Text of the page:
My recommendation is to draw up something that is more or less in the right direction of what you need it to say. Once you have your rough draft of a contract I would send it to a lawyer to review and edit. By doing it this way you are saving yourself a lot of money, as it will likely take a lot less of the lawyer’s valuable, expensive time. And, you’ll get a solid contract that will actually protect you.
It is very much worth it to use invoicing/accounting software rather than trying to float by on spreadsheets and PDF invoices. I like to work off the assumption that you are building an awesome business that is going to be huge. Using professional software now will ensure that it will scale with you as you grow. You will also save yourself the headache of figuring out a new system when you don’t really have the time.
I’ve tried a couple of different accounting softwares and ended up landing on Freshbooks. I’m not an accountant and I run my own books. Personally I found the traditional software difficult to use as a non-finance person. I’m sure that Quickbooks is all kinds of complicated-business-accounting awesome-sauce, but right now my business isn’t complicated.
I love that Freshbooks has an app so I can invoice and enter payments right on my phone. They also have the most ridiculously amazing customer service, which is beyond helpful and responsive. On multiple occasions I have had reps go above and beyond researching problems for me and helping me navigate some accounting nuances that were lost on me in the beginning.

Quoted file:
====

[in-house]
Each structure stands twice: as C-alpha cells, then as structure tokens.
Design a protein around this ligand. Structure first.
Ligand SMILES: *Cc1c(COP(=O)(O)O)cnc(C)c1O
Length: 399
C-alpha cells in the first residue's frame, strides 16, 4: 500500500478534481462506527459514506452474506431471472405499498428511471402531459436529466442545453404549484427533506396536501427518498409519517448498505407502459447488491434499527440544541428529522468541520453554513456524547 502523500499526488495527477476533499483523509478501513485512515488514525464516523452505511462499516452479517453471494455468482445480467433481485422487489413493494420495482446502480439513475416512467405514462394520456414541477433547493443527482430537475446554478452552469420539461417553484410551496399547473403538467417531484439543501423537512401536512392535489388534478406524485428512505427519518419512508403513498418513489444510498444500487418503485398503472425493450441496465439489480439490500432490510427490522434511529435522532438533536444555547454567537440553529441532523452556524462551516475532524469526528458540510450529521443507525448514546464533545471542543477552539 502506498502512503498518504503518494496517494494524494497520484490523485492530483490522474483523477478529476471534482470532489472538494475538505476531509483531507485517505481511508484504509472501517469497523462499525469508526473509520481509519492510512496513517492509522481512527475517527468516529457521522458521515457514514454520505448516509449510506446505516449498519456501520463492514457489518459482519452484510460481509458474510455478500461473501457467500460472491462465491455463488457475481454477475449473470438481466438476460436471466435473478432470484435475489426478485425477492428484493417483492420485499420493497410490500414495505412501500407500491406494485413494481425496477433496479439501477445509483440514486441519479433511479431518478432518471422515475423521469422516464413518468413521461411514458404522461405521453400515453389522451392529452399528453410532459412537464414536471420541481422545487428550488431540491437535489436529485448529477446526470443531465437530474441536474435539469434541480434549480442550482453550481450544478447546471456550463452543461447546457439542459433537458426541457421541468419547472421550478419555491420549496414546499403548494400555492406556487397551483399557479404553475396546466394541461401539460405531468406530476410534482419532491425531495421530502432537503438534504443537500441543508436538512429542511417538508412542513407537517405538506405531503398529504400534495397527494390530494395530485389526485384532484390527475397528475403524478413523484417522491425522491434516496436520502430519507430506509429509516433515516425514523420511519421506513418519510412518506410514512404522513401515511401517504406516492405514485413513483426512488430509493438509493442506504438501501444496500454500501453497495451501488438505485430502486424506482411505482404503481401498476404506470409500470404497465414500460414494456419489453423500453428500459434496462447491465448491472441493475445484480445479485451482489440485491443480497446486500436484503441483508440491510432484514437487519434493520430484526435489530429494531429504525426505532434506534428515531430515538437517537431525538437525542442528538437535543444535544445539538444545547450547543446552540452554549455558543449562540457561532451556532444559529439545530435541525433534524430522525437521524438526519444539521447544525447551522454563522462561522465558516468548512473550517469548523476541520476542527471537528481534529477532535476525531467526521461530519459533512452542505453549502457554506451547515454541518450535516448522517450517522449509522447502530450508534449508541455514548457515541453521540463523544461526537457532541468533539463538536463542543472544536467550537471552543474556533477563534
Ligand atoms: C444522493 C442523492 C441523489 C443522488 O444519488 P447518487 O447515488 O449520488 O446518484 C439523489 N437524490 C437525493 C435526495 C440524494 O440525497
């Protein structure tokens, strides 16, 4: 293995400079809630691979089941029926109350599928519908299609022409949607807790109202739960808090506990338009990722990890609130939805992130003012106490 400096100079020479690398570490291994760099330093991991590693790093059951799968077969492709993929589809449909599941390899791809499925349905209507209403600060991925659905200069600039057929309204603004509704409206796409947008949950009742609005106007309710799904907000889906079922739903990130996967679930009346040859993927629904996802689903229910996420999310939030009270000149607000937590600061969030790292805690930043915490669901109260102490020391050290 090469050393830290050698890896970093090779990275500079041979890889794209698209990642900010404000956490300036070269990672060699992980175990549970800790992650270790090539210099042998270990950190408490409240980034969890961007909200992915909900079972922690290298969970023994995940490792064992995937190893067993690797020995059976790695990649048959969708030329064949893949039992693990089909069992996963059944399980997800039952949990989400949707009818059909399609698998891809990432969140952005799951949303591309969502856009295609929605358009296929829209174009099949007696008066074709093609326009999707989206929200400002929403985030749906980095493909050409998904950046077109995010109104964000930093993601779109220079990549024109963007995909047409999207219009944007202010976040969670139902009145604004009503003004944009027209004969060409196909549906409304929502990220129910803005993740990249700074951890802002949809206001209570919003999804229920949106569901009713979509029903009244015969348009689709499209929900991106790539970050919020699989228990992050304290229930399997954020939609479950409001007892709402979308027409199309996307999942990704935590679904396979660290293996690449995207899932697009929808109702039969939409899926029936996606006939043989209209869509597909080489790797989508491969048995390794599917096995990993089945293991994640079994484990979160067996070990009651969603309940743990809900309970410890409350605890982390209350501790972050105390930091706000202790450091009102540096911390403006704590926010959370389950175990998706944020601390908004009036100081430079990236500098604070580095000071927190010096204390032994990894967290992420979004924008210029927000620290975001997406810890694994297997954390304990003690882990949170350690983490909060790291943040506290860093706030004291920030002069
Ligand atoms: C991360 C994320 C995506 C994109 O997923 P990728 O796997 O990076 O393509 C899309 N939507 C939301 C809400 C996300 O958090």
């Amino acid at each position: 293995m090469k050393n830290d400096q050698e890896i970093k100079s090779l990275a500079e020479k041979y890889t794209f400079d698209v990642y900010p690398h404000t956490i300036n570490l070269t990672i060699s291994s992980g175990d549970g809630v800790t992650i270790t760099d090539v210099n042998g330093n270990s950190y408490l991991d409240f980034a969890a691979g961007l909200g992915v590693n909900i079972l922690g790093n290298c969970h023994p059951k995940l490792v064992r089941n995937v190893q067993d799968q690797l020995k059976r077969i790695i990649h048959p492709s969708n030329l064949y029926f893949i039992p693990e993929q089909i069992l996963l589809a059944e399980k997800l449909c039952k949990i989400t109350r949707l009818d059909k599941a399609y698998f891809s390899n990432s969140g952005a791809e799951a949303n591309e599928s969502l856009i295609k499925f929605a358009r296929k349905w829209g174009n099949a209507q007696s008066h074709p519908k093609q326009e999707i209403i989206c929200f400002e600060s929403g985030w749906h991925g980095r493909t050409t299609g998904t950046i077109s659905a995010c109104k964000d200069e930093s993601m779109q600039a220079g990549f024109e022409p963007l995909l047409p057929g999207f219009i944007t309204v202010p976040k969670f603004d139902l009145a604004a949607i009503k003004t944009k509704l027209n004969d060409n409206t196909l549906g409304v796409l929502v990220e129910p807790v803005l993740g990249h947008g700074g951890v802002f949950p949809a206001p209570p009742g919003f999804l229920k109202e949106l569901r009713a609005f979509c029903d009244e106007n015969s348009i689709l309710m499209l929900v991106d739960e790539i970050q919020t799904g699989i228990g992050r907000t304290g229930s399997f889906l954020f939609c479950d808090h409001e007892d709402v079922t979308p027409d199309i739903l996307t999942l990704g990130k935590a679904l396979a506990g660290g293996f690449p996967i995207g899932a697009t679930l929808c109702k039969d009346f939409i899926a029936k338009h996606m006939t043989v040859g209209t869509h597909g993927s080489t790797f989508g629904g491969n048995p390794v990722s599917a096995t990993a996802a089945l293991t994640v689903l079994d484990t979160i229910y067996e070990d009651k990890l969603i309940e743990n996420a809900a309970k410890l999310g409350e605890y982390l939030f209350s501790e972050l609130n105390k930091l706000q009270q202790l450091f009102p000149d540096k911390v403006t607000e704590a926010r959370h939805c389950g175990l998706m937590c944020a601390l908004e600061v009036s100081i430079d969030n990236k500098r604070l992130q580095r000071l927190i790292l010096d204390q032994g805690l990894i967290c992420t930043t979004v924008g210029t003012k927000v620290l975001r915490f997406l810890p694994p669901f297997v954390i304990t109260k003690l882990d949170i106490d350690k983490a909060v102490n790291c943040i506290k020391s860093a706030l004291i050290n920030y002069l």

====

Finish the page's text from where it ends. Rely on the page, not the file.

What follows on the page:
I really wish that someone had told me that I would spend more time “running the business” than I would on the thing that started the business. For me, in the beginning, I felt really guilty when I would spend an entire week doing research, editing contracts, sending out quotes, and meeting people. Because in my head I thought that I should be spending 40hrs a week doing design work. That just isn’t how it works. You will spend more time running the business, and that’s ok.
I really wish that someone had told me that I would spend more time “running the business” than I would on the thing that started the business.
Really you could start at episode 001 of his podcast and listen all the way through. This guy, Sean McCabe, has owned three businesses. He is wicked smart and has a lot experience you can learn from. Below are some of my favorites as it relates to becoming an entrepreneur.
I’m not even going to recommend specific podcasts. Just start this one from the beginning. Try not to be intimidated by the fact that these guys are so successful and so young. Remember that even though they are in their 20’s both of them have been running businesses since they were teens and have 10+ years of experience in business.
I’m a member of the Freelancers Union. It is a group that is part advocacy, part support, part resource, and part union. I have very mixed feelings about their resources, for example their contract template is horrendous and you should never use it. There are forums and articles for you to look through and ask questions. It’s a good place to look at if you are thinking about starting a client/service based business. I just warn you to have a filter on the forum stuff. There are lots of people in there with bad practices.